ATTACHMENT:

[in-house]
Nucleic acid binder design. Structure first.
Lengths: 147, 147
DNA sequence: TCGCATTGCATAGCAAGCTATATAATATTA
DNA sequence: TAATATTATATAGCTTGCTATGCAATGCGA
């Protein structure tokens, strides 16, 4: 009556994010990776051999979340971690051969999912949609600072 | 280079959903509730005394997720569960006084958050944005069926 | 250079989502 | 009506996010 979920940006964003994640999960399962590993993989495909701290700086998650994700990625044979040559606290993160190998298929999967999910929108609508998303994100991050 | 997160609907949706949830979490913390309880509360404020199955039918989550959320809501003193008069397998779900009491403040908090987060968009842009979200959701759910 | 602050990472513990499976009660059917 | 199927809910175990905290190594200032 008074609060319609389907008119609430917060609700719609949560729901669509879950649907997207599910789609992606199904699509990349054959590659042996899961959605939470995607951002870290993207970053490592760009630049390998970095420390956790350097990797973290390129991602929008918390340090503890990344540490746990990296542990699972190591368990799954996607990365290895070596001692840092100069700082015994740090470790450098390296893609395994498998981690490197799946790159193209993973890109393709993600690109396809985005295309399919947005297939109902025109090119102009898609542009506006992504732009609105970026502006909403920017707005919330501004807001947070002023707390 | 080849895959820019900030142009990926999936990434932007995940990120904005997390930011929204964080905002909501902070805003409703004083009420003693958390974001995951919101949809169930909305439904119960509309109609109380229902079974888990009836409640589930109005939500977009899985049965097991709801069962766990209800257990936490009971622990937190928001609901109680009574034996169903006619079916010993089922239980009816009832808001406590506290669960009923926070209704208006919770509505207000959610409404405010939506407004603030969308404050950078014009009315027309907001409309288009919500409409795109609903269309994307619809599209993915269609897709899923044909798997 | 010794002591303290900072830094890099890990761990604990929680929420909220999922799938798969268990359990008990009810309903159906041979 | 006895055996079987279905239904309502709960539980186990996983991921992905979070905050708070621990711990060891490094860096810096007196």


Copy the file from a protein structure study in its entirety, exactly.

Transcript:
[in-house]
Nucleic acid binder design. Structure first.
Lengths: 147, 147
DNA sequence: TCGCATTGCATAGCAAGCTATATAATATTA
DNA sequence: TAATATTATATAGCTTGCTATGCAATGCGA
């Protein structure tokens, strides 16, 4: 009556994010990776051999979340971690051969999912949609600072 | 280079959903509730005394997720569960006084958050944005069926 | 250079989502 | 009506996010 979920940006964003994640999960399962590993993989495909701290700086998650994700990625044979040559606290993160190998298929999967999910929108609508998303994100991050 | 997160609907949706949830979490913390309880509360404020199955039918989550959320809501003193008069397998779900009491403040908090987060968009842009979200959701759910 | 602050990472513990499976009660059917 | 199927809910175990905290190594200032 008074609060319609389907008119609430917060609700719609949560729901669509879950649907997207599910789609992606199904699509990349054959590659042996899961959605939470995607951002870290993207970053490592760009630049390998970095420390956790350097990797973290390129991602929008918390340090503890990344540490746990990296542990699972190591368990799954996607990365290895070596001692840092100069700082015994740090470790450098390296893609395994498998981690490197799946790159193209993973890109393709993600690109396809985005295309399919947005297939109902025109090119102009898609542009506006992504732009609105970026502006909403920017707005919330501004807001947070002023707390 | 080849895959820019900030142009990926999936990434932007995940990120904005997390930011929204964080905002909501902070805003409703004083009420003693958390974001995951919101949809169930909305439904119960509309109609109380229902079974888990009836409640589930109005939500977009899985049965097991709801069962766990209800257990936490009971622990937190928001609901109680009574034996169903006619079916010993089922239980009816009832808001406590506290669960009923926070209704208006919770509505207000959610409404405010939506407004603030969308404050950078014009009315027309907001409309288009919500409409795109609903269309994307619809599209993915269609897709899923044909798997 | 010794002591303290900072830094890099890990761990604990929680929420909220999922799938798969268990359990008990009810309903159906041979 | 006895055996079987279905239904309502709960539980186990996983991921992905979070905050708070621990711990060891490094860096810096007196």